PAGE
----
Cancer is a big health problem in Cuba and the rest of the world. Its morbidity and mortality rates, the numbers of people disabled by the disease and its effects on the quality of life of victims and their families all make it a great challenge for healthcare systems world wide.
This is why promotion and prevention strategies are part of many public health policies.
However this needs to be accompanied by technological development in the diagnosis and treatment of cancer related diseases.
One of the leading service packages offered at La Pradera International Health Centre is the Integrated Care and Treatment Program for cancer patients, calling on all the Cuban medications and immunotherapy treatment products that have over the past few decades helped to improve the quality of life and change the outlook of cancer sufferers.
Among the medications used is Nimotuzumab, for the treatment of adult and child patients with high grade malignant tumours of the central nervous system, such as multiform glioblastoma and anaplastic astrocitoma and advanced carbonomas of the head and neck, esophagus and pancreas. Cimavax-EGF and Racotumomab (Vaxira) are administered to patients with stage IIIB and IV non small cell lung cancer.
At our centre we work with an integral focus and personalize our service to each patient after a comprehensive individual assessment.
We have treated patients from many different parts of the world, from China to Canada, Venezuela, United States, Turkey and Serbia.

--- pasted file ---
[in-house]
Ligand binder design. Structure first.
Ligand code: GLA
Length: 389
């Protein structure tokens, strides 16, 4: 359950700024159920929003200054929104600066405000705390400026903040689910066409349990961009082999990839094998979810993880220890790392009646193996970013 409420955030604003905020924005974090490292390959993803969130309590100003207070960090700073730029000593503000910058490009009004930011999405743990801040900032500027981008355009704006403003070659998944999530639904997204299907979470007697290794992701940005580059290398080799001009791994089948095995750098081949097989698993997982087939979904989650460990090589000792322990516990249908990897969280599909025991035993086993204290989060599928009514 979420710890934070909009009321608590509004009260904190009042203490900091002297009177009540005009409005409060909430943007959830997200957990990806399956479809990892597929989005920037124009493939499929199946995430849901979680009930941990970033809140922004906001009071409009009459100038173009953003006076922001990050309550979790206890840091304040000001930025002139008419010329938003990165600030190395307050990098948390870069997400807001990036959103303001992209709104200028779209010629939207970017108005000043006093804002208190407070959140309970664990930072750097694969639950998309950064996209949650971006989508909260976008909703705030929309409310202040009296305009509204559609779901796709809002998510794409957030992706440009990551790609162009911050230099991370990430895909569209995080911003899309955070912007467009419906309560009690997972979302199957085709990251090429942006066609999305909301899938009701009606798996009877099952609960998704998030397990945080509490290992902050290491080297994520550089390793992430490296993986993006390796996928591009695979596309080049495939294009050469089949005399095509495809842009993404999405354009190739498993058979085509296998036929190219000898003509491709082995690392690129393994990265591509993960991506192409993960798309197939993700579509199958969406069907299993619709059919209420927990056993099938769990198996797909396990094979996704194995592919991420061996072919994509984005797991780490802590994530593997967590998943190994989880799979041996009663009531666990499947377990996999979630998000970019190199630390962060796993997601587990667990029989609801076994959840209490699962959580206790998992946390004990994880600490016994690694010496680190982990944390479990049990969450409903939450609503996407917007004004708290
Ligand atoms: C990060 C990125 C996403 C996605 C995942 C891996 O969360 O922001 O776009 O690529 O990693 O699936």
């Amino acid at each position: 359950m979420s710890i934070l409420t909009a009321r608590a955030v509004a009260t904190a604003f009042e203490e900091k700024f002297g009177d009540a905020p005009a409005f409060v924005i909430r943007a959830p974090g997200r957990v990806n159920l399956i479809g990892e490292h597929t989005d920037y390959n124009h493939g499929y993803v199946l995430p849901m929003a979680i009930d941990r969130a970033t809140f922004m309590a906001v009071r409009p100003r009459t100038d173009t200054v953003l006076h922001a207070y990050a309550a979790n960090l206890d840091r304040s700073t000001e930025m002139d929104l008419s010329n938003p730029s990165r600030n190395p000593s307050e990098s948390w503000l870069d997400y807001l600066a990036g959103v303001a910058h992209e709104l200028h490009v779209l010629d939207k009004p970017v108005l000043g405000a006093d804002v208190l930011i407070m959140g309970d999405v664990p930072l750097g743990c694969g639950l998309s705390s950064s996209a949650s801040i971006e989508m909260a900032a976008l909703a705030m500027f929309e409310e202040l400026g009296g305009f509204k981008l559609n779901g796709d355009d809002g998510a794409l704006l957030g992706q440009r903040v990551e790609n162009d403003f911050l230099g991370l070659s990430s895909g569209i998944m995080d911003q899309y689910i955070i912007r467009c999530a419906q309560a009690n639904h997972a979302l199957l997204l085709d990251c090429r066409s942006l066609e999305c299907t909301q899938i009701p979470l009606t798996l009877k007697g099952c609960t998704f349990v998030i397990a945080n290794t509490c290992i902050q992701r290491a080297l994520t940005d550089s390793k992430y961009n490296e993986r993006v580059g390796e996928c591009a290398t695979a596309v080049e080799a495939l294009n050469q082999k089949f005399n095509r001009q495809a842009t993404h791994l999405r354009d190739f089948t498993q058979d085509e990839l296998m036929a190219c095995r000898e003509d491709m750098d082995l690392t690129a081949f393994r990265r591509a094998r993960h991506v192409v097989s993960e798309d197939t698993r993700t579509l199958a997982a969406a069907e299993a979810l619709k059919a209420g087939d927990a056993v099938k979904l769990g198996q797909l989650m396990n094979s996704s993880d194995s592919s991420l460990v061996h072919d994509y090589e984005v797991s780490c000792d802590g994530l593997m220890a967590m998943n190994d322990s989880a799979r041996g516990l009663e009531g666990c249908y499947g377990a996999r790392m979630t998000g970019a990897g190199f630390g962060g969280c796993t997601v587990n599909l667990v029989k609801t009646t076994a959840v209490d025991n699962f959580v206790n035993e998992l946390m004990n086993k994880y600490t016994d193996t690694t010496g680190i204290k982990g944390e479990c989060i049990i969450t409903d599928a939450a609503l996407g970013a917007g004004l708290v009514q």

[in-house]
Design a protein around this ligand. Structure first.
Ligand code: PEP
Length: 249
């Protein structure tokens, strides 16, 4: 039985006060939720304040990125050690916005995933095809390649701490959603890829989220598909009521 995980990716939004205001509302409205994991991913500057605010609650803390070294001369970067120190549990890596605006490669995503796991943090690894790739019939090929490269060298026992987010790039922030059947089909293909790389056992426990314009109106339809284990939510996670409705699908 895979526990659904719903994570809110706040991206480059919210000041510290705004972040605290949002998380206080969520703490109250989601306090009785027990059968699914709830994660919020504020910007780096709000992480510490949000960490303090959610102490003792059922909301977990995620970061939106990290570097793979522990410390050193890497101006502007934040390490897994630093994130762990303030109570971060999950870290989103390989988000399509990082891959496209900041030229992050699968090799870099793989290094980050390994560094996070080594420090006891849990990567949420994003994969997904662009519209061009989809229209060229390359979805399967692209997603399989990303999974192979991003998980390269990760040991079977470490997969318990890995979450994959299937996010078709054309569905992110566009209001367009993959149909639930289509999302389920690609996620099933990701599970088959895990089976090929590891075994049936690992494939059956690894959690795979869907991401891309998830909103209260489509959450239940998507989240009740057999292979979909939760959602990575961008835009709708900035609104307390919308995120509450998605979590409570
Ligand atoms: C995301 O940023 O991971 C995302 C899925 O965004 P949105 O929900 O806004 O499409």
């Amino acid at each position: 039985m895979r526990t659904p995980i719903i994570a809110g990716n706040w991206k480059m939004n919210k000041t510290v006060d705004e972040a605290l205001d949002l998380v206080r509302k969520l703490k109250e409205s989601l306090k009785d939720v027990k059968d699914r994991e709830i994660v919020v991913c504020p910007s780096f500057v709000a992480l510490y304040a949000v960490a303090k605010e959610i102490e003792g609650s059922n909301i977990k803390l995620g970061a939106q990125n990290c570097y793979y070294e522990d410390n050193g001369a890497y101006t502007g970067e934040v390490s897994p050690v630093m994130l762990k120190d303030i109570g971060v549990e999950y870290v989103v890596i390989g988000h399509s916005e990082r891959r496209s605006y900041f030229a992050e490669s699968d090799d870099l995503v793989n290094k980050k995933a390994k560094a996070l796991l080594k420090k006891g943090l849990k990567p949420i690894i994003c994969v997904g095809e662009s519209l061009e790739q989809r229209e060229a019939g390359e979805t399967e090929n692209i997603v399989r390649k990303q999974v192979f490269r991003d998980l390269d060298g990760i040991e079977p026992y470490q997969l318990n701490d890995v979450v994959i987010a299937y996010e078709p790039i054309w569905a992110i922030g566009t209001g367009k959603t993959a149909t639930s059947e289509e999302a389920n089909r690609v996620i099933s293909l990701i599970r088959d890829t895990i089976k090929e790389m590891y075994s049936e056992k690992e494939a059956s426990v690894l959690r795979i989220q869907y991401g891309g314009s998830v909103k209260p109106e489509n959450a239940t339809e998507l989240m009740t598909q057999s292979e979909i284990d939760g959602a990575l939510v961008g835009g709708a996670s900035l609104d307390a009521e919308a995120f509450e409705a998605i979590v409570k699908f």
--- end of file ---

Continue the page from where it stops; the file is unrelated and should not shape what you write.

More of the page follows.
These treatments have been validated in various clinical trials. More than eight hundred papers relating to these therapies have been published by the Molecular Immunology Centre in Havana, Cuba.
The results published in these papers show that the therapies achieved reductions in relapses and an increase in the time between relapses. Quality of life improved and survival rates improved overall. Results evaluated as positive include both the low rate of toxicity reactions…both the low rate of toxicity reactions and adverse reactions related to the treatment, as well as survival rates translated to number of clinically healthy years lived.
We can say that we are on the right track to achieve our goal: that patients and their families learn to live life to the full despite their disease and that cancer becomes rather than a terminal condition, a non-transmittable chronic illness.